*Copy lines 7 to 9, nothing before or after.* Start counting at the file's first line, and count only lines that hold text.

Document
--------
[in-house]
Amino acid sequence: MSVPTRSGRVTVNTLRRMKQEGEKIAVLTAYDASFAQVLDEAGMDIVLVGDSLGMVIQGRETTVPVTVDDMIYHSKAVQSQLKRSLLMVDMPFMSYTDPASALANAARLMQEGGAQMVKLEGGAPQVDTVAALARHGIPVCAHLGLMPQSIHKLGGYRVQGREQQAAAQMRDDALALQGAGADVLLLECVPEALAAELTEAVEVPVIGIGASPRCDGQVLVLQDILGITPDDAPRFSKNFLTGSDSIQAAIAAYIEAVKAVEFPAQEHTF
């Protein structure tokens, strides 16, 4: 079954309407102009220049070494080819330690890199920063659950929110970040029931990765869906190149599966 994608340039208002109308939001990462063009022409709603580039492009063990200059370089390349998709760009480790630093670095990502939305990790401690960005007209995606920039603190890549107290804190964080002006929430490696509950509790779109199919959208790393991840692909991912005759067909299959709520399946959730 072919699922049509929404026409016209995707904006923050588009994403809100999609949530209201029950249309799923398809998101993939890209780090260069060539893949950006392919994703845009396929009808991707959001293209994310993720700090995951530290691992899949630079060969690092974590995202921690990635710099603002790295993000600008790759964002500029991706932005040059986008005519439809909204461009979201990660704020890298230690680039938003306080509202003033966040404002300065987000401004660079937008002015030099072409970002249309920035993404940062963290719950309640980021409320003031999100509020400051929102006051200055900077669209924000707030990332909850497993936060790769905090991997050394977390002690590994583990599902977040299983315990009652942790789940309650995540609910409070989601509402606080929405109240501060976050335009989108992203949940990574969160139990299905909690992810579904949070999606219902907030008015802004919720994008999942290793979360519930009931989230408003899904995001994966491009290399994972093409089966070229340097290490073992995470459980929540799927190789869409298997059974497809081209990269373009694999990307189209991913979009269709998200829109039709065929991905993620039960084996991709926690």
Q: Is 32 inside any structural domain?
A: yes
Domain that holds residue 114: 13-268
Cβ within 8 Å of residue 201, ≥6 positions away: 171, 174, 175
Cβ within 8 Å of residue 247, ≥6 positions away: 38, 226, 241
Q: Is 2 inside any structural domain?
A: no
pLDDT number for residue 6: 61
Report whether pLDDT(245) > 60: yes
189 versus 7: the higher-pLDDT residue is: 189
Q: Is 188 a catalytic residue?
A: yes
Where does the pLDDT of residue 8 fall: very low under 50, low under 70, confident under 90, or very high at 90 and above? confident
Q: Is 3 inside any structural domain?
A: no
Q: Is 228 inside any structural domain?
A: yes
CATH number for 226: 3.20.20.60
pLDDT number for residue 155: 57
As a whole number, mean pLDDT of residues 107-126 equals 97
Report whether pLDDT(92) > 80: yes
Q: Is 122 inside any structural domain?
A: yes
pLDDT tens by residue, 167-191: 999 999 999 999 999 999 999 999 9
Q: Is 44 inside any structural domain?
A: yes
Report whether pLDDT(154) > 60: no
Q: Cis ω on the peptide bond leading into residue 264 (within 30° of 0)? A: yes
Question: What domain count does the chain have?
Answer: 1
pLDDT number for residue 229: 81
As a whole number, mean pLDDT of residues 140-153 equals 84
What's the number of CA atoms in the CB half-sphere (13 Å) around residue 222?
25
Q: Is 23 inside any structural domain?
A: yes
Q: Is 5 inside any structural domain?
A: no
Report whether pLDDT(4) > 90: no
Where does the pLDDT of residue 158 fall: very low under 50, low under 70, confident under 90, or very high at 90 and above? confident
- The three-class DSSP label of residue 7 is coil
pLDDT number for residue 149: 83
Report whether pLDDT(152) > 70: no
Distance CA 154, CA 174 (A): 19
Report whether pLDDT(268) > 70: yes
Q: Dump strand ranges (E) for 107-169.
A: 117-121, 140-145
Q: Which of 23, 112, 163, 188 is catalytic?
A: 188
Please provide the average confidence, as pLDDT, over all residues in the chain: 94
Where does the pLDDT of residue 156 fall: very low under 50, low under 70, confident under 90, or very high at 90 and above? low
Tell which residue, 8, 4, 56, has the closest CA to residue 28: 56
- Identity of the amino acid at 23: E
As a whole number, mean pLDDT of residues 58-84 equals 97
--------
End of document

Cβ within 8 Å of residue 201, ≥6 positions away: 171, 174, 175
Cβ within 8 Å of residue 247, ≥6 positions away: 38, 226, 241
Q: Is 2 inside any structural domain?